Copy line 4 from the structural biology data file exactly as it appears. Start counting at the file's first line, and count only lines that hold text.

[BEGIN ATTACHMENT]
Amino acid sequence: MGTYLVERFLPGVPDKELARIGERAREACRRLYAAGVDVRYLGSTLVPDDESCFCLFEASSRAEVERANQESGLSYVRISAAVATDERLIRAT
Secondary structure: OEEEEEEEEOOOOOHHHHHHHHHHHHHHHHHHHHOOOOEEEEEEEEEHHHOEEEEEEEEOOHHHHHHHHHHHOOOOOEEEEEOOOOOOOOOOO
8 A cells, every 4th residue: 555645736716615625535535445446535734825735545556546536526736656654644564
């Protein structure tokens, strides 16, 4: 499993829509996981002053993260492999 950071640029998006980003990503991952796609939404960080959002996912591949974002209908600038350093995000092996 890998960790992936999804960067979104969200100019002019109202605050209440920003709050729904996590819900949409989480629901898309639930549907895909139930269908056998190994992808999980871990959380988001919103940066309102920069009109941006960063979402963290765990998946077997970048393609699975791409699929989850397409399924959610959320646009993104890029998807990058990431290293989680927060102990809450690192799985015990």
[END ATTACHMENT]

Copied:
């Protein structure tokens, strides 16, 4: 499993829509996981002053993260492999 950071640029998006980003990503991952796609939404960080959002996912591949974002209908600038350093995000092996 890998960790992936999804960067979104969200100019002019109202605050209440920003709050729904996590819900949409989480629901898309639930549907895909139930269908056998190994992808999980871990959380988001919103940066309102920069009109941006960063979402963290765990998946077997970048393609699975791409699929989850397409399924959610959320646009993104890029998807990058990431290293989680927060102990809450690192799985015990």